McCarthy last night told an audience at a panel for the Harvard Initiative for Peace and Justice that “I found out I have been blacklisted. Not really ‘blacklisted,’ but I’m very sensitive to that since my last name is McCarthy.” The comment elicited laughter from the audience.
Sen. Joseph I. Lieberman (D-Conn.) and Lynne V. Cheney, the wife of the Vice President Richard B. Cheney, originally founded the ACTA in 1995 as the National Alumni Forum.
“Dick Cheney taking time out of his pillow talk to decide which academics should be on the list is deeply disconcerting to me,” McCarthy said.
ACTA describes itself as “a nonprofit educational organization committed to academic freedom, excellence and accountability on college and university campuses.” Past ACTA statements have chastised Ivy League universities for not inviting Republican commencement speakers and have encouraged more traditional English curricula.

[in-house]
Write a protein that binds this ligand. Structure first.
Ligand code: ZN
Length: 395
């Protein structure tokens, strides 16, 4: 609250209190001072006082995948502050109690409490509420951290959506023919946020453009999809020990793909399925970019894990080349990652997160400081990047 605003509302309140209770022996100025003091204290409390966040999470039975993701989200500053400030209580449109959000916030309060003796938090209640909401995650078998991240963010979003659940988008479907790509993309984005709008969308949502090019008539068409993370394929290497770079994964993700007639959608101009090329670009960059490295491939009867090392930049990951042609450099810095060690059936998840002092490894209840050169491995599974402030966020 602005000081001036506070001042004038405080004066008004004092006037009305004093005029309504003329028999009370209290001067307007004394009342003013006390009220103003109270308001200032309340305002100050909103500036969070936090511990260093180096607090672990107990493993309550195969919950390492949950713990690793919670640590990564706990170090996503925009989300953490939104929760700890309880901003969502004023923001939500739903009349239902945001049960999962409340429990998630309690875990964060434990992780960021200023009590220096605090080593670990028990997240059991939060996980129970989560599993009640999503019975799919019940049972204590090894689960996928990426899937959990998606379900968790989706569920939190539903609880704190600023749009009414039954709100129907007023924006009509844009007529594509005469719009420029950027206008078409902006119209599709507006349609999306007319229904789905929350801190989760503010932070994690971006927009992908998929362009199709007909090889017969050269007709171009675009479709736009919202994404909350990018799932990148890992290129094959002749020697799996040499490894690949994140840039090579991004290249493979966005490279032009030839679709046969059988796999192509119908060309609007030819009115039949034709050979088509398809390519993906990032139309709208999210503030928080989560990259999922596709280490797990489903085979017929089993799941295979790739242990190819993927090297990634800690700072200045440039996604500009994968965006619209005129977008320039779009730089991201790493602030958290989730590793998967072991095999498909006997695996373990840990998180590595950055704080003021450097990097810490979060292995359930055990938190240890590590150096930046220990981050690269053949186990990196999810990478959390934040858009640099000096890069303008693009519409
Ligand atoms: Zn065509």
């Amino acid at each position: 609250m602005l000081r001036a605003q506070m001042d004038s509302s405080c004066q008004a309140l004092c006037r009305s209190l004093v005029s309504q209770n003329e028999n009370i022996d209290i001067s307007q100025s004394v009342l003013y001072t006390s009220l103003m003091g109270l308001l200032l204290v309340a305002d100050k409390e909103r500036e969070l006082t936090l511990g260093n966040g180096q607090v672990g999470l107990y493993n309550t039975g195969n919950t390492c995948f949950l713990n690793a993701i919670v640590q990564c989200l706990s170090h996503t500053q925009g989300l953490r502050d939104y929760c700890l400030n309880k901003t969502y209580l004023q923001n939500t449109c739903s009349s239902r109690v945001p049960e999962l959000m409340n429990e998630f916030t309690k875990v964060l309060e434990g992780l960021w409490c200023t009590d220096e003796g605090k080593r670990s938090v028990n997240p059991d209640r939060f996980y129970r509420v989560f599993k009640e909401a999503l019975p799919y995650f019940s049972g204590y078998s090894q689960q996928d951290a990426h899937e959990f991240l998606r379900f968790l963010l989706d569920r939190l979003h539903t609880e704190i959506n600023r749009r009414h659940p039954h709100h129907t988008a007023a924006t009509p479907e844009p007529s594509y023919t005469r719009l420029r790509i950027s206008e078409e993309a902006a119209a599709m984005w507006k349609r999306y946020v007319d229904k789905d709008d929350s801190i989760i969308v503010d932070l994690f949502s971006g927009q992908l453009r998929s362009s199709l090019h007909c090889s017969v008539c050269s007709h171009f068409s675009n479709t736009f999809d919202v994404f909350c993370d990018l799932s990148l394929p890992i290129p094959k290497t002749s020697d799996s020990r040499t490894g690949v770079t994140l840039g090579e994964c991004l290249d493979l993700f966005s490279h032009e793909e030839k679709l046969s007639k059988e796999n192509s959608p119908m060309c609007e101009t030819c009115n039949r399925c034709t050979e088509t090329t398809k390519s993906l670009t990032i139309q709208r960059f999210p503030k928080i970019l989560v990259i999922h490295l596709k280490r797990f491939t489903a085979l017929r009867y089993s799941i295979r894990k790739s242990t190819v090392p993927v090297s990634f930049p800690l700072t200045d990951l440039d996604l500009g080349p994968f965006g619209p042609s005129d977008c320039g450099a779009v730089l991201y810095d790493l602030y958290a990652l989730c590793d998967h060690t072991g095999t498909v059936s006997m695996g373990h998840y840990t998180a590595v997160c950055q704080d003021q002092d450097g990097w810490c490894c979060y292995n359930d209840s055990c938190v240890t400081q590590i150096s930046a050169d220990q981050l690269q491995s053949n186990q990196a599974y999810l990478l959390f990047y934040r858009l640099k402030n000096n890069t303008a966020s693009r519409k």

ACTA’s recent report, entitled “Defending Civilization: How Our Universities Are Failing America and What Can Be Done About It,” lists 117 examples of academics with messages “short on patriotism and long on self-flagellation.”
The report included McCarthy on the list, citing a quotation of McCarthy that he “[deplores those] who are deploying rhetoric and deploying troops without thinking before they speak.”
ACTA expressed concern in the report that those who favor the U.S. attacks on Afghanistan not be cowed into silence.
“It is urgent that students and professors who support the war effort not be intimidated,” it stated.
During the panel, which also included Fletcher University Professor Cornel R. West ’74, McCarthy joked about his remonstrance by ACTA.
“Professor West didn’t even make the list!” he said.
McCarthy says there are different ways in which Americans can show their patriotism.
“Don’t tell me I’m unpatriotic because I don’t hang a flag off my balcony,” he said.
ACTA’s list included Jesse Jackson, for saying in a speech at Harvard Law School that “[We should] build bridges and relationships, not simply bombs and walls,” and participants in a rally at Harvard on Sept. 20, for chanting, “What do we want? Peace! When do we want it? Now!”
After the forum, McCarthy said that “I guess I’m doing the right thing, and I’m happy to be on that list. I’m in good company, with people I respect a lot more than some others who aren’t on that list.”